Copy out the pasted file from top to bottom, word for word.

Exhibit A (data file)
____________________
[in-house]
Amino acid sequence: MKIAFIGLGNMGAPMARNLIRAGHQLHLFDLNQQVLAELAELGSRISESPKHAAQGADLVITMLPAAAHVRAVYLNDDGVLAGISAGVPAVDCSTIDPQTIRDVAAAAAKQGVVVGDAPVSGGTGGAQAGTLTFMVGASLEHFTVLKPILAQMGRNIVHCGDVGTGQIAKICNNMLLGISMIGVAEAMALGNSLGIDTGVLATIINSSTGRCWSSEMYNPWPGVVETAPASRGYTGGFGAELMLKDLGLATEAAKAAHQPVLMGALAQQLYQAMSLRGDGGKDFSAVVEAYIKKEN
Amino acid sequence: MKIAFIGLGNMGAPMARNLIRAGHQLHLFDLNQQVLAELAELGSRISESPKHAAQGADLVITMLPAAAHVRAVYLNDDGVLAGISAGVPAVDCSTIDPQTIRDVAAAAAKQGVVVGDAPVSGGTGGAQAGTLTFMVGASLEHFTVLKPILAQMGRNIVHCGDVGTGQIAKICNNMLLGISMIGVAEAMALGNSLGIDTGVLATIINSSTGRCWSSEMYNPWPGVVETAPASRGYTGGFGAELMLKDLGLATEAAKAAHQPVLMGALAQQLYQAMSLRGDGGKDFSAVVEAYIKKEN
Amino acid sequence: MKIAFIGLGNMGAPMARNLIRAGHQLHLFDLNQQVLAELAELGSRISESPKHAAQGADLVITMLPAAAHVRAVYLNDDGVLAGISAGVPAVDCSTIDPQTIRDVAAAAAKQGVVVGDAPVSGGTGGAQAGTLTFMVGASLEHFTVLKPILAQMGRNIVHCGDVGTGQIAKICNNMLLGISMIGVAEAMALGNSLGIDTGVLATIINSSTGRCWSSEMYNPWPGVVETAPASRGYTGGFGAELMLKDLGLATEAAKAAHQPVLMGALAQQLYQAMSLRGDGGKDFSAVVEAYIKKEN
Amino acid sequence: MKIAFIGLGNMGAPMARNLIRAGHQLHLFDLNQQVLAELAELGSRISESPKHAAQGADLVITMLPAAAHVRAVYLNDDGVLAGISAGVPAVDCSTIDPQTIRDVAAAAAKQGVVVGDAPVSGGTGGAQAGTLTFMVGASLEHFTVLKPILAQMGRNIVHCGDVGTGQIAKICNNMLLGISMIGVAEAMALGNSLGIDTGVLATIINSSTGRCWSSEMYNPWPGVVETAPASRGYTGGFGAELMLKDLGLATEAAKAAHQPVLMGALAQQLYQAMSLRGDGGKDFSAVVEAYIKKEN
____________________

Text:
[in-house]
Amino acid sequence: MKIAFIGLGNMGAPMARNLIRAGHQLHLFDLNQQVLAELAELGSRISESPKHAAQGADLVITMLPAAAHVRAVYLNDDGVLAGISAGVPAVDCSTIDPQTIRDVAAAAAKQGVVVGDAPVSGGTGGAQAGTLTFMVGASLEHFTVLKPILAQMGRNIVHCGDVGTGQIAKICNNMLLGISMIGVAEAMALGNSLGIDTGVLATIINSSTGRCWSSEMYNPWPGVVETAPASRGYTGGFGAELMLKDLGLATEAAKAAHQPVLMGALAQQLYQAMSLRGDGGKDFSAVVEAYIKKEN
Amino acid sequence: MKIAFIGLGNMGAPMARNLIRAGHQLHLFDLNQQVLAELAELGSRISESPKHAAQGADLVITMLPAAAHVRAVYLNDDGVLAGISAGVPAVDCSTIDPQTIRDVAAAAAKQGVVVGDAPVSGGTGGAQAGTLTFMVGASLEHFTVLKPILAQMGRNIVHCGDVGTGQIAKICNNMLLGISMIGVAEAMALGNSLGIDTGVLATIINSSTGRCWSSEMYNPWPGVVETAPASRGYTGGFGAELMLKDLGLATEAAKAAHQPVLMGALAQQLYQAMSLRGDGGKDFSAVVEAYIKKEN
Amino acid sequence: MKIAFIGLGNMGAPMARNLIRAGHQLHLFDLNQQVLAELAELGSRISESPKHAAQGADLVITMLPAAAHVRAVYLNDDGVLAGISAGVPAVDCSTIDPQTIRDVAAAAAKQGVVVGDAPVSGGTGGAQAGTLTFMVGASLEHFTVLKPILAQMGRNIVHCGDVGTGQIAKICNNMLLGISMIGVAEAMALGNSLGIDTGVLATIINSSTGRCWSSEMYNPWPGVVETAPASRGYTGGFGAELMLKDLGLATEAAKAAHQPVLMGALAQQLYQAMSLRGDGGKDFSAVVEAYIKKEN
Amino acid sequence: MKIAFIGLGNMGAPMARNLIRAGHQLHLFDLNQQVLAELAELGSRISESPKHAAQGADLVITMLPAAAHVRAVYLNDDGVLAGISAGVPAVDCSTIDPQTIRDVAAAAAKQGVVVGDAPVSGGTGGAQAGTLTFMVGASLEHFTVLKPILAQMGRNIVHCGDVGTGQIAKICNNMLLGISMIGVAEAMALGNSLGIDTGVLATIINSSTGRCWSSEMYNPWPGVVETAPASRGYTGGFGAELMLKDLGLATEAAKAAHQPVLMGALAQQLYQAMSLRGDGGKDFSAVVEAYIKKEN